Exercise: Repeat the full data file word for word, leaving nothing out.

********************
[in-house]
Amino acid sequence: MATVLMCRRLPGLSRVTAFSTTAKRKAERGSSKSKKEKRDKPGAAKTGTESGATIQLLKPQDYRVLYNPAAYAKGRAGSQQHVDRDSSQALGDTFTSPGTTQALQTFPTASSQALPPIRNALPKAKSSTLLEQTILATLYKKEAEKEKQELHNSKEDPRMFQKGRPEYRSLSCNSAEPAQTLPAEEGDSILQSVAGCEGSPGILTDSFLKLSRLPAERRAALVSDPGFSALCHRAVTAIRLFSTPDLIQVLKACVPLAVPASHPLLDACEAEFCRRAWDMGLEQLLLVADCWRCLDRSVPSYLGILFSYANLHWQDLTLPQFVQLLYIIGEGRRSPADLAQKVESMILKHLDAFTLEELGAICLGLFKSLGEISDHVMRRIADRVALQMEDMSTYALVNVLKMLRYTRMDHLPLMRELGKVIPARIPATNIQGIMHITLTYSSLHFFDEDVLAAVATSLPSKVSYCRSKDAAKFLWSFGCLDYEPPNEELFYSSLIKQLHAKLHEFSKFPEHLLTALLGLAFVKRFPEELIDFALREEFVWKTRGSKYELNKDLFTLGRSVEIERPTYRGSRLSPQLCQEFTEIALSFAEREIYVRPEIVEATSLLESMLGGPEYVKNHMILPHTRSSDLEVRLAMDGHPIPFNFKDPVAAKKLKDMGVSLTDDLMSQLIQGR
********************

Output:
[in-house]
Amino acid sequence: MATVLMCRRLPGLSRVTAFSTTAKRKAERGSSKSKKEKRDKPGAAKTGTESGATIQLLKPQDYRVLYNPAAYAKGRAGSQQHVDRDSSQALGDTFTSPGTTQALQTFPTASSQALPPIRNALPKAKSSTLLEQTILATLYKKEAEKEKQELHNSKEDPRMFQKGRPEYRSLSCNSAEPAQTLPAEEGDSILQSVAGCEGSPGILTDSFLKLSRLPAERRAALVSDPGFSALCHRAVTAIRLFSTPDLIQVLKACVPLAVPASHPLLDACEAEFCRRAWDMGLEQLLLVADCWRCLDRSVPSYLGILFSYANLHWQDLTLPQFVQLLYIIGEGRRSPADLAQKVESMILKHLDAFTLEELGAICLGLFKSLGEISDHVMRRIADRVALQMEDMSTYALVNVLKMLRYTRMDHLPLMRELGKVIPARIPATNIQGIMHITLTYSSLHFFDEDVLAAVATSLPSKVSYCRSKDAAKFLWSFGCLDYEPPNEELFYSSLIKQLHAKLHEFSKFPEHLLTALLGLAFVKRFPEELIDFALREEFVWKTRGSKYELNKDLFTLGRSVEIERPTYRGSRLSPQLCQEFTEIALSFAEREIYVRPEIVEATSLLESMLGGPEYVKNHMILPHTRSSDLEVRLAMDGHPIPFNFKDPVAAKKLKDMGVSLTDDLMSQLIQGR